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Knoxville Convention Center Has Become Center of Contention; Built for $162 million
 in 2002, the Complex Lacks a Flagship Hotel
By Richard Quinn, The Virginian-Pilot, Norfolk, Va.McClatchy-Tribune Business News

Apr. 9, 2007 - In the Great Smoky Mountains drawl of Knoxville, Tenn., the idea sounded great.

Build a 500,000-square-foot convention center on park land that once hosted the 1982 World's Fair. Lure regional conventions from cities as far away as Atlanta. Funnel millions of dollars into the local economy.

Instead, the Knoxville Convention Center has become a center of contention.

A mayor once fought renewing the city's annual contract with the center, citing a dearth of out-of-town business. Voters overwhelmingly decided to ban the use of public money to subsidize a headquarters hotel for the center. And now, just 6 percent of the building's bookings are conventions or trade shows -- less than half the business projected.

As Virginia Beach sifts through proposals to build a headquarters hotel for its convention center, possibly funded with a public subsidy, resort officials would do well to study the rocky path taken by Knoxville.

Like Virginia Beach, Knoxville built its $162 million complex without a flagship hotel.

Now, that missing piece is singularly blamed for the center's inability to attract regional and national business.

"We are what we are," said Craig Liston, the center's general manager. "The only thing that could change the long-term prospects for this facility ... would be that hotel project. And I don't see that on the horizon."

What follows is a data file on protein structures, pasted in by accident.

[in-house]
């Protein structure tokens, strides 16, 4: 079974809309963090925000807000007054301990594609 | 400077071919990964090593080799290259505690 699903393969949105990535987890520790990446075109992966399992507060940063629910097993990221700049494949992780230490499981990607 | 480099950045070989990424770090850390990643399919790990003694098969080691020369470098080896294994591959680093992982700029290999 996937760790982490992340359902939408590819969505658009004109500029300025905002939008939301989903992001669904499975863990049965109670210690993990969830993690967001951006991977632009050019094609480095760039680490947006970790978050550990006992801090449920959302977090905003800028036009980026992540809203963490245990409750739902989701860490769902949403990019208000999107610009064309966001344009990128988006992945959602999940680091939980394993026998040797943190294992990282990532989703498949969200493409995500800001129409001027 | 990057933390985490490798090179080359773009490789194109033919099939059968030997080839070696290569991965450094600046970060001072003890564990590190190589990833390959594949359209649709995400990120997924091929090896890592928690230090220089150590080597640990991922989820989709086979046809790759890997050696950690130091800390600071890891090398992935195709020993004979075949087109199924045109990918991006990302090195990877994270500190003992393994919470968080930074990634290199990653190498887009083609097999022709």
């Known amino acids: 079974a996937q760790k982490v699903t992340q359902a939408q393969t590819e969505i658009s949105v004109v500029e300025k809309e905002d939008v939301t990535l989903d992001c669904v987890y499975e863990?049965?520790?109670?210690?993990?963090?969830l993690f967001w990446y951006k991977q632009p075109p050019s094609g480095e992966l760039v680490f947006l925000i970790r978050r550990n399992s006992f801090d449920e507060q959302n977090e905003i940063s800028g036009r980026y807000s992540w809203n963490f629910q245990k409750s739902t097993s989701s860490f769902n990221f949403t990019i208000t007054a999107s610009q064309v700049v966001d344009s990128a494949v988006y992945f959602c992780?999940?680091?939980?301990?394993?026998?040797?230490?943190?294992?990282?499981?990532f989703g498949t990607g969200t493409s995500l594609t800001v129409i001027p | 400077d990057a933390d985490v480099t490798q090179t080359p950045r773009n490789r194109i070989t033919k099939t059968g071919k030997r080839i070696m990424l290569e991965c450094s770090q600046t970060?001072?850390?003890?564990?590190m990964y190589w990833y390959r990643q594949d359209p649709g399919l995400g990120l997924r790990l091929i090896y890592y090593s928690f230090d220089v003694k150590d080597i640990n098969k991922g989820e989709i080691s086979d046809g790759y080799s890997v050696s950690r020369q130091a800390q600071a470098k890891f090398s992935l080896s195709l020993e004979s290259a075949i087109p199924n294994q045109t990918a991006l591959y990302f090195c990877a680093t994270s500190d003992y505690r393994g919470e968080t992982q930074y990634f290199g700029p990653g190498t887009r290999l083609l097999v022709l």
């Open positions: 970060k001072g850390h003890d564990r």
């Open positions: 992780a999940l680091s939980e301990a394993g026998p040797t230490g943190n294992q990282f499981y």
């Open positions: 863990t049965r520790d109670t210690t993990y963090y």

Knoxville, a city of 173,000 in eastern Tennessee, didn't have the debt capacity to open a convention center in 2002 and pay $20 million toward the construction of a major hotel, said Randy Vineyard, former city finance director.

Leaders built only the convention center, hoping private investors would build a convention-quality hotel to support it. That didn't happen, and Knoxville now struggles to book larger events.

Of the 250 or so events the facility hosts each year, about 15 are conventions or trade shows, Liston said.

"If you're that low," former Knoxville Mayor Victor Ashe said, "there's no place to go but up."

The performance looks just as bad on paper. The city pays $10 million a year in debt on the building and loses $1.5 million a year o n operating costs . That includes last year's payment of $371,000 to SMG, a national venue management firm that runs the building for the city.

"We're still making the convention center work," said Margie Nichols, Knoxville's senior director of governmental affairs. "It's not ideal or the way we'd like it."

Knoxville has another hurdle Virginia Beach doesn't. In a 2004 referendum, Knoxville voters overwhelmingly forbade the city to spend taxpayer money to help finance a headquarters hotel.

As a result, an unsolicited proposal for a convention-quality hotel was dismissed last year once the developer asked for public money, Nichols said.

"We would like the flexibility to be able to do a deal, to do what needs to be done," she said. "We've had our hands tied and we're not happy about that."

-- Reach Richard Quinn at (757) 222-5119 or richard.quinn@pilotonline.com.

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Copyright (c) 2007, The Virginian-Pilot, Norfolk, Va.

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